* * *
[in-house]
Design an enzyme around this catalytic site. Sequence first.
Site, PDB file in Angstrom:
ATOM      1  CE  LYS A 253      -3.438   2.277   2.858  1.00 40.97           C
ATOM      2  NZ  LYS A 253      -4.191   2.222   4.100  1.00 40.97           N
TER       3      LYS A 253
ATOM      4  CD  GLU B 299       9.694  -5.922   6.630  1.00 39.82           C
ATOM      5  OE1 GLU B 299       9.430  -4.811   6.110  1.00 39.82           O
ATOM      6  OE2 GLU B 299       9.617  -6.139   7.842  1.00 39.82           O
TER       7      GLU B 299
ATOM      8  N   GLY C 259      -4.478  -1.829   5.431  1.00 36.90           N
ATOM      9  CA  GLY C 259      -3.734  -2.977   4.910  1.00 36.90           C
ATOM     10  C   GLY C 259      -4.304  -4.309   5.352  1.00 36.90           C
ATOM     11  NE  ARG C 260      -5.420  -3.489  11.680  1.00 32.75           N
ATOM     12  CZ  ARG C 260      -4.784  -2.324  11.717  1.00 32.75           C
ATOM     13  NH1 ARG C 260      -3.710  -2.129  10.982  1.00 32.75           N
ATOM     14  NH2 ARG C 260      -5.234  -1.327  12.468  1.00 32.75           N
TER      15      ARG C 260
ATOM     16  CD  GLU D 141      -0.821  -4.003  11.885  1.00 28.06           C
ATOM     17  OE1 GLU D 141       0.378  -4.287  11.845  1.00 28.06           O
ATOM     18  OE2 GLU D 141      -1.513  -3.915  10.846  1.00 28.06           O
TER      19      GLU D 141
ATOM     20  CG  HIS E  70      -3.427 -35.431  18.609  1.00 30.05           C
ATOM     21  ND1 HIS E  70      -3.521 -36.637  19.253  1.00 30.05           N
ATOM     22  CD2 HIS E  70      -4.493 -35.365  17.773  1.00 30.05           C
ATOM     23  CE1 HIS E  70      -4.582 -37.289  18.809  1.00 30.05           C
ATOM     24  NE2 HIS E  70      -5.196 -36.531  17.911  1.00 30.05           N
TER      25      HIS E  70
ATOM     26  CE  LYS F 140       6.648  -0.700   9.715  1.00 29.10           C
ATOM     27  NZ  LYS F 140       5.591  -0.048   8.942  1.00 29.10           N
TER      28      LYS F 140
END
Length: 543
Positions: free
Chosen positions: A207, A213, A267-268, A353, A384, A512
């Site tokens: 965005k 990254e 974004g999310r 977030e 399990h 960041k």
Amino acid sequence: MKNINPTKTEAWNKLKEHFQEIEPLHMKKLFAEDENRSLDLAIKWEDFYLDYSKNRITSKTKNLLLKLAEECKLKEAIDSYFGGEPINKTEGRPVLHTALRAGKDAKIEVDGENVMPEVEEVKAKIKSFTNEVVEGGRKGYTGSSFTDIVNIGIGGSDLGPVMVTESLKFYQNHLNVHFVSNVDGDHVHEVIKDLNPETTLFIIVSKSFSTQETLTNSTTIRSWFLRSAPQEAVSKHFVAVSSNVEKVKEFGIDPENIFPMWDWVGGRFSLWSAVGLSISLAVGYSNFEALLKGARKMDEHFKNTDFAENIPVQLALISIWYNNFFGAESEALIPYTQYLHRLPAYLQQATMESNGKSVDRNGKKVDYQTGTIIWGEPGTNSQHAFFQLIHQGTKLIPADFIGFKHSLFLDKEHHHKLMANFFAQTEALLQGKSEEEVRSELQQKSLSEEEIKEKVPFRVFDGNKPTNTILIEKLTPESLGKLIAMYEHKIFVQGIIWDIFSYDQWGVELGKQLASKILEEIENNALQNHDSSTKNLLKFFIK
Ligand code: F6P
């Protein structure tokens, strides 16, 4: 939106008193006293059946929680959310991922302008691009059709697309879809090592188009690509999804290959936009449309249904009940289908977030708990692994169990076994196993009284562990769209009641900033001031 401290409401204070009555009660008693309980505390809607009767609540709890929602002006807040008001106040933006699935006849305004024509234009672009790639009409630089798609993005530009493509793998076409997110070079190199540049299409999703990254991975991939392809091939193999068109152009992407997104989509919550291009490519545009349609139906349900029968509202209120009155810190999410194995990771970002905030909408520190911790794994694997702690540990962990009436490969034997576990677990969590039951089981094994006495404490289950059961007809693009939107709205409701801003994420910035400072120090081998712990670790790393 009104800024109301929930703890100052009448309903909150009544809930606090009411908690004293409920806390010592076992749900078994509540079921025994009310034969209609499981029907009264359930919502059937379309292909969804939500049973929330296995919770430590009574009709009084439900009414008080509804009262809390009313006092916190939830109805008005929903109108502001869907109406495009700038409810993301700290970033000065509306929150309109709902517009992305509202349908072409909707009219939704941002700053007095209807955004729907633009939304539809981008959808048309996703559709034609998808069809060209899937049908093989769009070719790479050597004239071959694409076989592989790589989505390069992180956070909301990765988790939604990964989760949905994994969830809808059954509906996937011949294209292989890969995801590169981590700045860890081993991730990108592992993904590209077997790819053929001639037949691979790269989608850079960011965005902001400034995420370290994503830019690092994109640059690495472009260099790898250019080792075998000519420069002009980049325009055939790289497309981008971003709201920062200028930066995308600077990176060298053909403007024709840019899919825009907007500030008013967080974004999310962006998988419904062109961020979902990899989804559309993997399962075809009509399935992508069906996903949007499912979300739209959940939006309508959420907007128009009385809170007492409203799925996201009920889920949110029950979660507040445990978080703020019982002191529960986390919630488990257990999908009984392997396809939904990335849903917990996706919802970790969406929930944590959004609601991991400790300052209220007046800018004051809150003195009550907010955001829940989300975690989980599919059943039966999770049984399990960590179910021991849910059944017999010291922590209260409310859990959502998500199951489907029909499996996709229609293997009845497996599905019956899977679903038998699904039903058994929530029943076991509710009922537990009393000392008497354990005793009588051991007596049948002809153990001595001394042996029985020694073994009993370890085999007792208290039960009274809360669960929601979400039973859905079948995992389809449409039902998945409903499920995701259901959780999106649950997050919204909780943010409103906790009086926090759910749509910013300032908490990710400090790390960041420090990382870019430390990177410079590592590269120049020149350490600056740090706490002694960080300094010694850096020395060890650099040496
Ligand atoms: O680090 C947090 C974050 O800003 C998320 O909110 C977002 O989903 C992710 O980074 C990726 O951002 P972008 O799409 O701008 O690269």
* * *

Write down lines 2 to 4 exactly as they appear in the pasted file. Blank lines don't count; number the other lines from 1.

Design an enzyme around this catalytic site. Sequence first.
Site, PDB file in Angstrom:
ATOM      1  CE  LYS A 253      -3.438   2.277   2.858  1.00 40.97           C